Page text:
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Getting through a divorce without losing your assets

As divorce rates continue to soar for adults over 50 - particularly for baby boomers 65 and older - many divorcing spouses worry about splitting up their assets. Those with significant assets to protect have misgivings about losing what they worked a lifetime to enjoy.

It's a valid concern. Just when your earning capacity is in its downward trajectory after peak salary years have passed, you face the prospect of living on roughly half of your income. While retirement account or pension benefits could provide a couple with a comfortable lifestyle as they enter their golden years, halving those assets to support two separate individuals can be tight.

For this reason, many baby boomers fight tooth and nail to salvage the most from their retirement accounts. Learn how you can make the most of your nest egg in a property settlement.

Defining the ownership of the accounts

For long-married couples who have been together for decades - often through several career evolutions - there could potentially be multiple retirement accounts to divide in a divorce. If one spouse was the primary wage-earner while the other stayed home to rear the children or worked at lower-paying jobs without retirement benefits during the marriage, the spouse with the pensions can resent having to share these benefits with an ex.

However, the law is clear in this area. Marriages are viewed as economic partnerships, with both parties making vital (if not necessarily equal) contributions to the whole. So when divorce looms, the higher earner in the marriage must accept that a significant portion of his or her retirement benefits will now go to the ex.

The other man in your divorce

No, this isn't about infidelity. The other man here is your good old Uncle Sam. He's got his hand outstretched, too, when the retirement accounts get divvied up. Certified financial planners advise their clients to consider the impact after taxes on any retirement accounts when attempting to valuate them. To do so accurately, you have to consider the tax implications.

Individual retirement accounts and most 401(k)s get taxed when you withdraw money from them. However, if you have Roth IRAs, your contributions are taxed, but after specific retirements have been met, there are no tax penalties to withdraw. When valuating each account, you must factor in the after-tax value to accurately assess its worth.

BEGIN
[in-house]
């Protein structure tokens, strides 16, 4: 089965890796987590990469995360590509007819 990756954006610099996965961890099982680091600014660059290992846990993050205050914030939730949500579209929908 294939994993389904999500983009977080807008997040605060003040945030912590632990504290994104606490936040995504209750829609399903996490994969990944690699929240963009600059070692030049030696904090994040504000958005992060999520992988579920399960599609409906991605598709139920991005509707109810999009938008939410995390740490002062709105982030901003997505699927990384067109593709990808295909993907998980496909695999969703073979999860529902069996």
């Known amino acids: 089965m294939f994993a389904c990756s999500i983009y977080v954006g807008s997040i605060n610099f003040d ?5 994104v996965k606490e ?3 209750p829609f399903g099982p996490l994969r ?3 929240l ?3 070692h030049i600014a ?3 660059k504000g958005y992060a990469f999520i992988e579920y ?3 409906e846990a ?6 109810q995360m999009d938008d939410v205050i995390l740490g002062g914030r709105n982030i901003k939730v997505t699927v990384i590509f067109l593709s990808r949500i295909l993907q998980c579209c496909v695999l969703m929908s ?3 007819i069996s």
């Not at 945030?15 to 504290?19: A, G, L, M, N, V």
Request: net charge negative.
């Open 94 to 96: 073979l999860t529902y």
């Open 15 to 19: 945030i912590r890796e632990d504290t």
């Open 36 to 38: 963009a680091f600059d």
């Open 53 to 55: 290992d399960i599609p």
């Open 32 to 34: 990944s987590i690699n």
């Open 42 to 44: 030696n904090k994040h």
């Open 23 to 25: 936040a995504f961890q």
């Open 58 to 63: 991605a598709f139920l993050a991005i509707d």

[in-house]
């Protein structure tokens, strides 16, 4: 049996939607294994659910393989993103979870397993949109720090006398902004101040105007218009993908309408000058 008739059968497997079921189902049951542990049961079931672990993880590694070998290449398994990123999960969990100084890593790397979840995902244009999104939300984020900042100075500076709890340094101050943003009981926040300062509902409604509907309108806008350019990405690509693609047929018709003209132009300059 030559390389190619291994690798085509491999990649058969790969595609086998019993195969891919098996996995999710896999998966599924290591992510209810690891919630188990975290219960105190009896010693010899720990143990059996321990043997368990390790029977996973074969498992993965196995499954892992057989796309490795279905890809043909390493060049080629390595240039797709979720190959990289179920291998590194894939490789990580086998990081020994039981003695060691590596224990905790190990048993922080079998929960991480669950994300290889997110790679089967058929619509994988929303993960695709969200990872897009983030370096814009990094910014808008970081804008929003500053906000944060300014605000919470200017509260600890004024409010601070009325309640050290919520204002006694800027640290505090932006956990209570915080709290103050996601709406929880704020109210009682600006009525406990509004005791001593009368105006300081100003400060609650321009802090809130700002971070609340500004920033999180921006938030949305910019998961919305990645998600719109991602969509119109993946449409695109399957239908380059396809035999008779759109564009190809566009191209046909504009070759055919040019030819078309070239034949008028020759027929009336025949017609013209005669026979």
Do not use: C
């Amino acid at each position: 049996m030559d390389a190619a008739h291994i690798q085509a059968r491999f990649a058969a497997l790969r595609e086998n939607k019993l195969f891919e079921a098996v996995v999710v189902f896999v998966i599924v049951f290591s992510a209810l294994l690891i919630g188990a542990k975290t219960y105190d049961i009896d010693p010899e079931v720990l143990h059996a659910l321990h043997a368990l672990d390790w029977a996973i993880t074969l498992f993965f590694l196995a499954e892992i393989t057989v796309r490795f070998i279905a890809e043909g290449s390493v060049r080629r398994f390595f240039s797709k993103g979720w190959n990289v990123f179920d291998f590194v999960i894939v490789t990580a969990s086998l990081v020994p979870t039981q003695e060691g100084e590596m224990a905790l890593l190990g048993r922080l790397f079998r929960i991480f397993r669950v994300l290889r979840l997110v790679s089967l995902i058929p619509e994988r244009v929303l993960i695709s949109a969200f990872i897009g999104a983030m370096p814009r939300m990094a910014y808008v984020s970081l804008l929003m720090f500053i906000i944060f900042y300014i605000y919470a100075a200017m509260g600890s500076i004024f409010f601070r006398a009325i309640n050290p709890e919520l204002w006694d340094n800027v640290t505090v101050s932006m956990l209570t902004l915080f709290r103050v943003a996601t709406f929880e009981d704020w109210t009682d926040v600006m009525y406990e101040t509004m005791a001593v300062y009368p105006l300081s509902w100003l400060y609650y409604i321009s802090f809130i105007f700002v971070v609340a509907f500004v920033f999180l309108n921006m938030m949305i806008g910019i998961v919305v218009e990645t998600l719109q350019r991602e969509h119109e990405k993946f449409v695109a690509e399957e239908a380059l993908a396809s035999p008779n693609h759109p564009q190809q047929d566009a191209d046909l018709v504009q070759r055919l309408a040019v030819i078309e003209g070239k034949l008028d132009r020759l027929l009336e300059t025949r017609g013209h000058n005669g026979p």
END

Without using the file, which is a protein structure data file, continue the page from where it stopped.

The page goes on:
The real estate over retirement account dilemma

It can be tempting to want to cling to the former marital home after a divorce. This is particularly common when a couple has reared their children in the home and each nook and cranny are full of memories of happier times.

But letting sentimentality overrule good sense during the division of assets is a foolhardy mistake. Trading the value of half of a decent retirement or pension account for full ownership of the family home can be shortsighted at best.

Women are at greater risk of falling into this trap. But home maintenance on a single income is expensive, and you will also be solely responsible for the upkeep. Here in Michigan, that includes snow and ice removal, and for some, dealing with heavy yard work. As you enter your golden years, do you really want to be burdened with those types of problems?

Taking the cash and using it to down-size into a smaller, more manageable property with fewer upkeep issues is often the wiser choice in these situations.

Seek out competent, experienced legal counsel

Whether the divorce was your idea or you are an unwilling participant, it's important to realize that you don't have to go through this alone. Retain a family law attorney who is willing to fight to see that you receive your fair share of the assets from your marriage. This will leave you in the best position to embark on the latest chapter of your life.

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